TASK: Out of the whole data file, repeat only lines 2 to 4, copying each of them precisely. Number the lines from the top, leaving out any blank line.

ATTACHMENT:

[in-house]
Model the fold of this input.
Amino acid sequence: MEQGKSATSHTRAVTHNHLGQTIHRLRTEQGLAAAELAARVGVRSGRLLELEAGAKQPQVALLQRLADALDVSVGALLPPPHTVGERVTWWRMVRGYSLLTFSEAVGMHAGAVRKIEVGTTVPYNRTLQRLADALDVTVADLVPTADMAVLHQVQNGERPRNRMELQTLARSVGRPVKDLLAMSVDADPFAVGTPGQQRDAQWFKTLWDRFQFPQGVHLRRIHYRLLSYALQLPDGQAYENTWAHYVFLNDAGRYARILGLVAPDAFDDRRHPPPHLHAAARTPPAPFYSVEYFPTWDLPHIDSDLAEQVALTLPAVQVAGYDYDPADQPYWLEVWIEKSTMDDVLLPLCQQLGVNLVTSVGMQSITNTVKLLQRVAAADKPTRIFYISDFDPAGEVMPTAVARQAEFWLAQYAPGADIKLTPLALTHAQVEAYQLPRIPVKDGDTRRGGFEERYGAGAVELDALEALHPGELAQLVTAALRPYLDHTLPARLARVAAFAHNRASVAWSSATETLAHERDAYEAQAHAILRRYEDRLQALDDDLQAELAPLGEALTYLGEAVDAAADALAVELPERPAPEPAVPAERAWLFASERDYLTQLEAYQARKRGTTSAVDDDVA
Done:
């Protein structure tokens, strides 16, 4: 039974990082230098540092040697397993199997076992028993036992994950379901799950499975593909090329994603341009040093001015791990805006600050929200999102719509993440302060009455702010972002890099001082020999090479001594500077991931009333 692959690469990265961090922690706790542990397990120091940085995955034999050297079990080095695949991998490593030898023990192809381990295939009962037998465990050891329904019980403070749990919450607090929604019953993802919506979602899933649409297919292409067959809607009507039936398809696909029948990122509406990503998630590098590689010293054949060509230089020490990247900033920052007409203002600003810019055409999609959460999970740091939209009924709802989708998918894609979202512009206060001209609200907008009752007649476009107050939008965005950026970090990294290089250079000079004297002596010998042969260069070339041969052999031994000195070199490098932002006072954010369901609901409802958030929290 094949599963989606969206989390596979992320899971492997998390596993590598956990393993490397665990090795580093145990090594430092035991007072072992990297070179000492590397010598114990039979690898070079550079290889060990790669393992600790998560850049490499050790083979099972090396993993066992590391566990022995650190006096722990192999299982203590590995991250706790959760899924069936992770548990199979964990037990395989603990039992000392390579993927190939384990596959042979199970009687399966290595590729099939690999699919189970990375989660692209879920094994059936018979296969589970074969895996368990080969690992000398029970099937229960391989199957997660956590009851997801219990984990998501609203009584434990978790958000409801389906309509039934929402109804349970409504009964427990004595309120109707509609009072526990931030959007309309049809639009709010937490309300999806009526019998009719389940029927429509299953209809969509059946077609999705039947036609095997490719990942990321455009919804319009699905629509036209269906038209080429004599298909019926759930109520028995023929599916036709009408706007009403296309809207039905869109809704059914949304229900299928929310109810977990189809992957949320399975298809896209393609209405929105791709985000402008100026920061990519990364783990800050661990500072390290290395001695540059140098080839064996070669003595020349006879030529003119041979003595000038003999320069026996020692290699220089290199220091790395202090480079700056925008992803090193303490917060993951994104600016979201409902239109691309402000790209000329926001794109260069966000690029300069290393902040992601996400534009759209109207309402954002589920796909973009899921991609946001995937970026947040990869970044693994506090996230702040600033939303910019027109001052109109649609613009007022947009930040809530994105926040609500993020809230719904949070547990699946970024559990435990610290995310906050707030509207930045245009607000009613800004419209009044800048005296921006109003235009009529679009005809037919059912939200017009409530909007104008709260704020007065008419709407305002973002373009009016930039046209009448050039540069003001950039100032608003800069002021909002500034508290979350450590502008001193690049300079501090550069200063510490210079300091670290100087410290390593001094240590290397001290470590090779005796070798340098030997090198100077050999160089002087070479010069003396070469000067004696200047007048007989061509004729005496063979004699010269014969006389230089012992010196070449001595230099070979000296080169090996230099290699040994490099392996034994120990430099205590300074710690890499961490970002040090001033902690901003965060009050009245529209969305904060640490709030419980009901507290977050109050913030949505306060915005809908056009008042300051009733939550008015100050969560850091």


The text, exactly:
Model the fold of this input.
Amino acid sequence: MEQGKSATSHTRAVTHNHLGQTIHRLRTEQGLAAAELAARVGVRSGRLLELEAGAKQPQVALLQRLADALDVSVGALLPPPHTVGERVTWWRMVRGYSLLTFSEAVGMHAGAVRKIEVGTTVPYNRTLQRLADALDVTVADLVPTADMAVLHQVQNGERPRNRMELQTLARSVGRPVKDLLAMSVDADPFAVGTPGQQRDAQWFKTLWDRFQFPQGVHLRRIHYRLLSYALQLPDGQAYENTWAHYVFLNDAGRYARILGLVAPDAFDDRRHPPPHLHAAARTPPAPFYSVEYFPTWDLPHIDSDLAEQVALTLPAVQVAGYDYDPADQPYWLEVWIEKSTMDDVLLPLCQQLGVNLVTSVGMQSITNTVKLLQRVAAADKPTRIFYISDFDPAGEVMPTAVARQAEFWLAQYAPGADIKLTPLALTHAQVEAYQLPRIPVKDGDTRRGGFEERYGAGAVELDALEALHPGELAQLVTAALRPYLDHTLPARLARVAAFAHNRASVAWSSATETLAHERDAYEAQAHAILRRYEDRLQALDDDLQAELAPLGEALTYLGEAVDAAADALAVELPERPAPEPAVPAERAWLFASERDYLTQLEAYQARKRGTTSAVDDDVA
Done: